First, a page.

In Science this week, Yale University's Celina Juliano and Brown University's Gary Wessel discuss the versatility of germline genes in some less well-studied animal species. "Traditionally classified 'germline genes' may have a broader role in development than originally anticipated," Juliano and Wessel write, adding that "in some taxa, germline genes appear to specify a multipotent cell lineage during embryogenesis, the fates of which include both somatic cells and the germ line." In reviewing the literature, the authors suggest that the germline molecular program may have originated in multipotent cells, "and was subsequently co-opted by more specialized, embryonic germ cells," though further investigations are required to support this hypothesis.
In a perspectives piece in this week's issue of Science, Lawrence Wilkinson at Cardiff University describes the implications of two studies that examine parent-of-origin allelic expression in the mouse brain, published online in advance in July. "In both studies, [Christoper] Gregg et al. used a combination of 'new generation' sequencing methods for high-resolution screening of the transcriptome ... in mouse brain tissue, and a model that allowed them to identify whether gene expression was from the male or female parental allele," Wilkinson writes, adding that the take-home message of both studies is that "parental bias in gene expression constitutes a major component of epigenetic regulation in the mammalian brain."
Writing in response to an editorial on helping young scientists that was published in Science in April, Eleftherios Diamandis at Mount Sinai Hospital in Toronto suggests that the reason young scientists are underrepresented in societal awards is because they "haven't yet produced high-impact work or that their recent discoveries need time to mature and make an impact." Diamandias opines that "academies for young scientists," as proposed by the authors of the April editorial, "are not only unnecessary, but may damage the careers of highly promising young scientists." Diamandias suggests that most senior scientists "have a genuine interest in promoting the careers of younger scientists and not ... in grabbing their resources or stealing their societal recognition."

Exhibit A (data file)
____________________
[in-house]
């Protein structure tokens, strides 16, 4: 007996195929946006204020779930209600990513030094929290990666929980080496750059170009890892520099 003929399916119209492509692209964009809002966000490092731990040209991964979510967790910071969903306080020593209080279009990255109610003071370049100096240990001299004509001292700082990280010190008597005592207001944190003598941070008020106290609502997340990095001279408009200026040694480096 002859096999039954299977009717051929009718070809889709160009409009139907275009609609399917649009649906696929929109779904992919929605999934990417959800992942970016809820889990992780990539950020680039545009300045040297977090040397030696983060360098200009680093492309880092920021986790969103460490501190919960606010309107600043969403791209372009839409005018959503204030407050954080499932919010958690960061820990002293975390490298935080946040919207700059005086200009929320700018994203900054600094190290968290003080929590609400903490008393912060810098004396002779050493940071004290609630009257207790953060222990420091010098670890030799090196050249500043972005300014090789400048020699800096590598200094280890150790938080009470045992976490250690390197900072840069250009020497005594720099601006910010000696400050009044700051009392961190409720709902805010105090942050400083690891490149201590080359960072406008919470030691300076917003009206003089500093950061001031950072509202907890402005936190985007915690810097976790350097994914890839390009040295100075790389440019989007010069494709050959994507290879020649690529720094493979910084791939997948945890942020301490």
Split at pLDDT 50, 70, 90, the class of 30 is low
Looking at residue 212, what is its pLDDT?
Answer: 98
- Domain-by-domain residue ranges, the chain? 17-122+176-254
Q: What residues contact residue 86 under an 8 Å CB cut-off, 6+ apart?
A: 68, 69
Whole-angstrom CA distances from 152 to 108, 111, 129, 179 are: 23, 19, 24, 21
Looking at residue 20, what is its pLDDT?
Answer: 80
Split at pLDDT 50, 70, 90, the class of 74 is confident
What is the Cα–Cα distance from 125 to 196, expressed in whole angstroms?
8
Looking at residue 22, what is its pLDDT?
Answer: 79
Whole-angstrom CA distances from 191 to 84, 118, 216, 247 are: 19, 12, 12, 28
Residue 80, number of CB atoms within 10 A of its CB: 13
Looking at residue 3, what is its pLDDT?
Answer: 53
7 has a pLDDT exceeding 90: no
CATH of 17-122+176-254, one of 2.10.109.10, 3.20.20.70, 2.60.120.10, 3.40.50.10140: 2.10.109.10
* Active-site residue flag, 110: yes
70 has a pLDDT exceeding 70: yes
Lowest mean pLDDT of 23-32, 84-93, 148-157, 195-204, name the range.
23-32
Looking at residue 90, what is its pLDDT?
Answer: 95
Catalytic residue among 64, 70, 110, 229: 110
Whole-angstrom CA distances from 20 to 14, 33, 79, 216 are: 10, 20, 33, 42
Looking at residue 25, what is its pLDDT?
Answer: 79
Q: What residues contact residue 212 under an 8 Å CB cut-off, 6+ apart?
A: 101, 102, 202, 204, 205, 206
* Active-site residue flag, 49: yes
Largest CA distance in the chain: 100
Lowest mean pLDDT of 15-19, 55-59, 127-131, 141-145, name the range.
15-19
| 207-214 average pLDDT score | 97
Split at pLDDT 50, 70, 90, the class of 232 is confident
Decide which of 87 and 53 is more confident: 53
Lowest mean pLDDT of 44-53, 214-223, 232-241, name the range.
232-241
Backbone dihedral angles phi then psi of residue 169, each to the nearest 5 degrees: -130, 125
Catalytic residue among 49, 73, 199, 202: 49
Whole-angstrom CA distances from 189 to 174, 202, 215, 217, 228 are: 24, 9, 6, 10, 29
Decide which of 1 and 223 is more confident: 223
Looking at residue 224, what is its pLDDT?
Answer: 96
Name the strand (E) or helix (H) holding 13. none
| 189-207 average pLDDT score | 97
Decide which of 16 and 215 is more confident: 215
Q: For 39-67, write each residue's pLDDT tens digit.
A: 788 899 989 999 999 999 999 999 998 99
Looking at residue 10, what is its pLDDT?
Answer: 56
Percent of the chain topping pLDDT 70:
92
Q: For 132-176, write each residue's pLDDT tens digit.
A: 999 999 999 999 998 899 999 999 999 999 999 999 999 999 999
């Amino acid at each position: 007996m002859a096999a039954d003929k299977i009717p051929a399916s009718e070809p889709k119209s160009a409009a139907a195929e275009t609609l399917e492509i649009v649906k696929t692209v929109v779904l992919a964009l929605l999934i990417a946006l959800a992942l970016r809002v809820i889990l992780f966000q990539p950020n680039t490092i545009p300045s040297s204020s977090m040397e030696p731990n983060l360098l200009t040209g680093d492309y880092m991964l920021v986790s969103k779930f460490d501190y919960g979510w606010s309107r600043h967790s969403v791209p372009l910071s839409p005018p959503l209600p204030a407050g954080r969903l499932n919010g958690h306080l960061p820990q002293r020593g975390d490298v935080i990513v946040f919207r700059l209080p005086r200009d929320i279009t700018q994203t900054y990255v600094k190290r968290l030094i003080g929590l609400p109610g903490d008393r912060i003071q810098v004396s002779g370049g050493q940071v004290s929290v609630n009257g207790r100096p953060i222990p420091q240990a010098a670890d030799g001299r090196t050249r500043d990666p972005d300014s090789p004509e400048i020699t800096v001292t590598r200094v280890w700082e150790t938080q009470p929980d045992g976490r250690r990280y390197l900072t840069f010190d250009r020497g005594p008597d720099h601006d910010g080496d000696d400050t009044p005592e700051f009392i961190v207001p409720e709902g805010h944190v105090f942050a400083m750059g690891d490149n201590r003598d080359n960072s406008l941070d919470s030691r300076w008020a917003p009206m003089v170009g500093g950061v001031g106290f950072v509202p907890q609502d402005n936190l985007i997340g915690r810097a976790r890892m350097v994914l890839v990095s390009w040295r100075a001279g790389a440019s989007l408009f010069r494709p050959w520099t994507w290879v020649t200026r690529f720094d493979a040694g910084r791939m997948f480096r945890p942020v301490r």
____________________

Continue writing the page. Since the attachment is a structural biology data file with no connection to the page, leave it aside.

In a reply to Diamandis' letter, the authors of original editorial suggest that "his message — focus on science — runs contrary to the interests of young scientists and the broader scientific community," and add that "of greater concern are more mundane forms of recognition, such as societal leaders understanding and emphasizing the importance of young scientists for the well-being of the country, as well as academic freedom, independence, job security, and decent pay for talented young researchers." In upholding their proposition of a Young Academies movement, Tilman Brück and colleagues write that "involving young scientists early in their career will help improve science's impact on society."